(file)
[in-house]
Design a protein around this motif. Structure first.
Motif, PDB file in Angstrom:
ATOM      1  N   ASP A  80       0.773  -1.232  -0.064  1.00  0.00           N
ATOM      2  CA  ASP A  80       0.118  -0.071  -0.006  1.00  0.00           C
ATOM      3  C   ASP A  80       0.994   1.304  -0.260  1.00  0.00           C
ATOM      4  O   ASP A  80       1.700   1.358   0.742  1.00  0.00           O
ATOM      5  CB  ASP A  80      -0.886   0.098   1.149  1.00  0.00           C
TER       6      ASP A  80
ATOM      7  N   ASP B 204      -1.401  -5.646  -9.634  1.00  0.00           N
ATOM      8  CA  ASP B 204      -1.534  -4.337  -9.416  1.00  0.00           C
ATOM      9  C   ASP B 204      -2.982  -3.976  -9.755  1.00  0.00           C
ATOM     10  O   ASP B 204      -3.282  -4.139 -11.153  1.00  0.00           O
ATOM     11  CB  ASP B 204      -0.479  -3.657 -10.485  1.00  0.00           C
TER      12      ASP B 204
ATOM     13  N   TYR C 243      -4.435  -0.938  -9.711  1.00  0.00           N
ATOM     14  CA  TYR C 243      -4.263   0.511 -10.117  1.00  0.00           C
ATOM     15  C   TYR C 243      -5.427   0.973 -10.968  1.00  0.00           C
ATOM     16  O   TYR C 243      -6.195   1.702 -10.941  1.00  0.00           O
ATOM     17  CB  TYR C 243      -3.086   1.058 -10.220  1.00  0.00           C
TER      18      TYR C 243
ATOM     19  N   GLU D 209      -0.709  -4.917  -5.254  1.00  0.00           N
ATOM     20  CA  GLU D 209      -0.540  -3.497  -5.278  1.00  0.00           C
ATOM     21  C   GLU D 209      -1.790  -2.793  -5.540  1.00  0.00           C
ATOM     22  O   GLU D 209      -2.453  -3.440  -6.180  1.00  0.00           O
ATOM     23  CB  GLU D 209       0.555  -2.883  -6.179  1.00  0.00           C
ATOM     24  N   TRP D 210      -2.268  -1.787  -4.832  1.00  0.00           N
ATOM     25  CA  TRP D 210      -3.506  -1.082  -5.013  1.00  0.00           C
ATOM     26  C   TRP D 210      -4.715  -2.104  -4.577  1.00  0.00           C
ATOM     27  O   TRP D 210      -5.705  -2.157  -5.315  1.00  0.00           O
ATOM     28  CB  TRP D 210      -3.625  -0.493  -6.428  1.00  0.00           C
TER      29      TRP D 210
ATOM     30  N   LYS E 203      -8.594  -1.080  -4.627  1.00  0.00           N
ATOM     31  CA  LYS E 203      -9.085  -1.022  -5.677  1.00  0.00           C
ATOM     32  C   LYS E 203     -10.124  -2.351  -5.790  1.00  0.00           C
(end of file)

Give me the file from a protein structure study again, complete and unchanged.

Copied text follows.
[in-house]
Design a protein around this motif. Structure first.
Motif, PDB file in Angstrom:
ATOM      1  N   ASP A  80       0.773  -1.232  -0.064  1.00  0.00           N
ATOM      2  CA  ASP A  80       0.118  -0.071  -0.006  1.00  0.00           C
ATOM      3  C   ASP A  80       0.994   1.304  -0.260  1.00  0.00           C
ATOM      4  O   ASP A  80       1.700   1.358   0.742  1.00  0.00           O
ATOM      5  CB  ASP A  80      -0.886   0.098   1.149  1.00  0.00           C
TER       6      ASP A  80
ATOM      7  N   ASP B 204      -1.401  -5.646  -9.634  1.00  0.00           N
ATOM      8  CA  ASP B 204      -1.534  -4.337  -9.416  1.00  0.00           C
ATOM      9  C   ASP B 204      -2.982  -3.976  -9.755  1.00  0.00           C
ATOM     10  O   ASP B 204      -3.282  -4.139 -11.153  1.00  0.00           O
ATOM     11  CB  ASP B 204      -0.479  -3.657 -10.485  1.00  0.00           C
TER      12      ASP B 204
ATOM     13  N   TYR C 243      -4.435  -0.938  -9.711  1.00  0.00           N
ATOM     14  CA  TYR C 243      -4.263   0.511 -10.117  1.00  0.00           C
ATOM     15  C   TYR C 243      -5.427   0.973 -10.968  1.00  0.00           C
ATOM     16  O   TYR C 243      -6.195   1.702 -10.941  1.00  0.00           O
ATOM     17  CB  TYR C 243      -3.086   1.058 -10.220  1.00  0.00           C
TER      18      TYR C 243
ATOM     19  N   GLU D 209      -0.709  -4.917  -5.254  1.00  0.00           N
ATOM     20  CA  GLU D 209      -0.540  -3.497  -5.278  1.00  0.00           C
ATOM     21  C   GLU D 209      -1.790  -2.793  -5.540  1.00  0.00           C
ATOM     22  O   GLU D 209      -2.453  -3.440  -6.180  1.00  0.00           O
ATOM     23  CB  GLU D 209       0.555  -2.883  -6.179  1.00  0.00           C
ATOM     24  N   TRP D 210      -2.268  -1.787  -4.832  1.00  0.00           N
ATOM     25  CA  TRP D 210      -3.506  -1.082  -5.013  1.00  0.00           C
ATOM     26  C   TRP D 210      -4.715  -2.104  -4.577  1.00  0.00           C
ATOM     27  O   TRP D 210      -5.705  -2.157  -5.315  1.00  0.00           O
ATOM     28  CB  TRP D 210      -3.625  -0.493  -6.428  1.00  0.00           C
TER      29      TRP D 210
ATOM     30  N   LYS E 203      -8.594  -1.080  -4.627  1.00  0.00           N
ATOM     31  CA  LYS E 203      -9.085  -1.022  -5.677  1.00  0.00           C
ATOM     32  C   LYS E 203     -10.124  -2.351  -5.790  1.00  0.00           C